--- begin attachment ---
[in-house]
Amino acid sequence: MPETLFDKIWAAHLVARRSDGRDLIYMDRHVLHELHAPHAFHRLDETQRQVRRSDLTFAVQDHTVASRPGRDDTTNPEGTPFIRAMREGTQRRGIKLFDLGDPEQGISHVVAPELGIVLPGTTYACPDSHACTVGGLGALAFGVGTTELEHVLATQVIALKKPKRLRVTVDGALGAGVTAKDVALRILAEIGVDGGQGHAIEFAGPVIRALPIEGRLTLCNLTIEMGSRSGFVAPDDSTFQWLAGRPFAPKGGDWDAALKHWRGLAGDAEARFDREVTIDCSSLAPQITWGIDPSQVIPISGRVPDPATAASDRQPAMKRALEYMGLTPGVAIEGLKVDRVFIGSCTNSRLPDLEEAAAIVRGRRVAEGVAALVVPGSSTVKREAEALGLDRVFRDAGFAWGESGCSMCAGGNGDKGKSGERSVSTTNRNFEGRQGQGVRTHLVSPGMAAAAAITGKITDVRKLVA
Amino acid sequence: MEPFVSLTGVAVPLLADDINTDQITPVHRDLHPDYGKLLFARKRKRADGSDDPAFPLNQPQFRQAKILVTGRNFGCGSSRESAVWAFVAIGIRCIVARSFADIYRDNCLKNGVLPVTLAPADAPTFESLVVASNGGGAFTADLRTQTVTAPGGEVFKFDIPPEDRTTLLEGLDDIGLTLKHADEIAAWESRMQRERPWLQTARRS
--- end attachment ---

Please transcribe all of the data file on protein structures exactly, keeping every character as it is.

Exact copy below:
[in-house]
Amino acid sequence: MPETLFDKIWAAHLVARRSDGRDLIYMDRHVLHELHAPHAFHRLDETQRQVRRSDLTFAVQDHTVASRPGRDDTTNPEGTPFIRAMREGTQRRGIKLFDLGDPEQGISHVVAPELGIVLPGTTYACPDSHACTVGGLGALAFGVGTTELEHVLATQVIALKKPKRLRVTVDGALGAGVTAKDVALRILAEIGVDGGQGHAIEFAGPVIRALPIEGRLTLCNLTIEMGSRSGFVAPDDSTFQWLAGRPFAPKGGDWDAALKHWRGLAGDAEARFDREVTIDCSSLAPQITWGIDPSQVIPISGRVPDPATAASDRQPAMKRALEYMGLTPGVAIEGLKVDRVFIGSCTNSRLPDLEEAAAIVRGRRVAEGVAALVVPGSSTVKREAEALGLDRVFRDAGFAWGESGCSMCAGGNGDKGKSGERSVSTTNRNFEGRQGQGVRTHLVSPGMAAAAAITGKITDVRKLVA
Amino acid sequence: MEPFVSLTGVAVPLLADDINTDQITPVHRDLHPDYGKLLFARKRKRADGSDDPAFPLNQPQFRQAKILVTGRNFGCGSSRESAVWAFVAIGIRCIVARSFADIYRDNCLKNGVLPVTLAPADAPTFESLVVASNGGGAFTADLRTQTVTAPGGEVFKFDIPPEDRTTLLEGLDDIGLTLKHADEIAAWESRMQRERPWLQTARRS